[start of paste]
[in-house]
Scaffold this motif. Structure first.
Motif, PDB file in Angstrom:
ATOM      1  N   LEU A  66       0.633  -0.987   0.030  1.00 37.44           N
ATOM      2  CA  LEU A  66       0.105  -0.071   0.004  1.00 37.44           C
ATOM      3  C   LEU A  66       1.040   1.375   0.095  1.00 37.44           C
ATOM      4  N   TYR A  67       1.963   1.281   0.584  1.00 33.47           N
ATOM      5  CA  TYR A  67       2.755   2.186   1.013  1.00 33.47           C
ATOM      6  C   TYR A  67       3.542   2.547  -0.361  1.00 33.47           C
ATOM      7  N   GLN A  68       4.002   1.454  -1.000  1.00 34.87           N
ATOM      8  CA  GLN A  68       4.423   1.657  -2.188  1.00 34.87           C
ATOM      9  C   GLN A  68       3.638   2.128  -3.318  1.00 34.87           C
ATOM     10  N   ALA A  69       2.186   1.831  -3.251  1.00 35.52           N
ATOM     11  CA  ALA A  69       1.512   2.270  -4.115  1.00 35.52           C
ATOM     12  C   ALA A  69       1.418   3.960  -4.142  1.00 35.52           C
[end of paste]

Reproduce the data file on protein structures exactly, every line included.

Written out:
[in-house]
Scaffold this motif. Structure first.
Motif, PDB file in Angstrom:
ATOM      1  N   LEU A  66       0.633  -0.987   0.030  1.00 37.44           N
ATOM      2  CA  LEU A  66       0.105  -0.071   0.004  1.00 37.44           C
ATOM      3  C   LEU A  66       1.040   1.375   0.095  1.00 37.44           C
ATOM      4  N   TYR A  67       1.963   1.281   0.584  1.00 33.47           N
ATOM      5  CA  TYR A  67       2.755   2.186   1.013  1.00 33.47           C
ATOM      6  C   TYR A  67       3.542   2.547  -0.361  1.00 33.47           C
ATOM      7  N   GLN A  68       4.002   1.454  -1.000  1.00 34.87           N
ATOM      8  CA  GLN A  68       4.423   1.657  -2.188  1.00 34.87           C
ATOM      9  C   GLN A  68       3.638   2.128  -3.318  1.00 34.87           C
ATOM     10  N   ALA A  69       2.186   1.831  -3.251  1.00 35.52           N
ATOM     11  CA  ALA A  69       1.512   2.270  -4.115  1.00 35.52           C
ATOM     12  C   ALA A  69       1.418   3.960  -4.142  1.00 35.52           C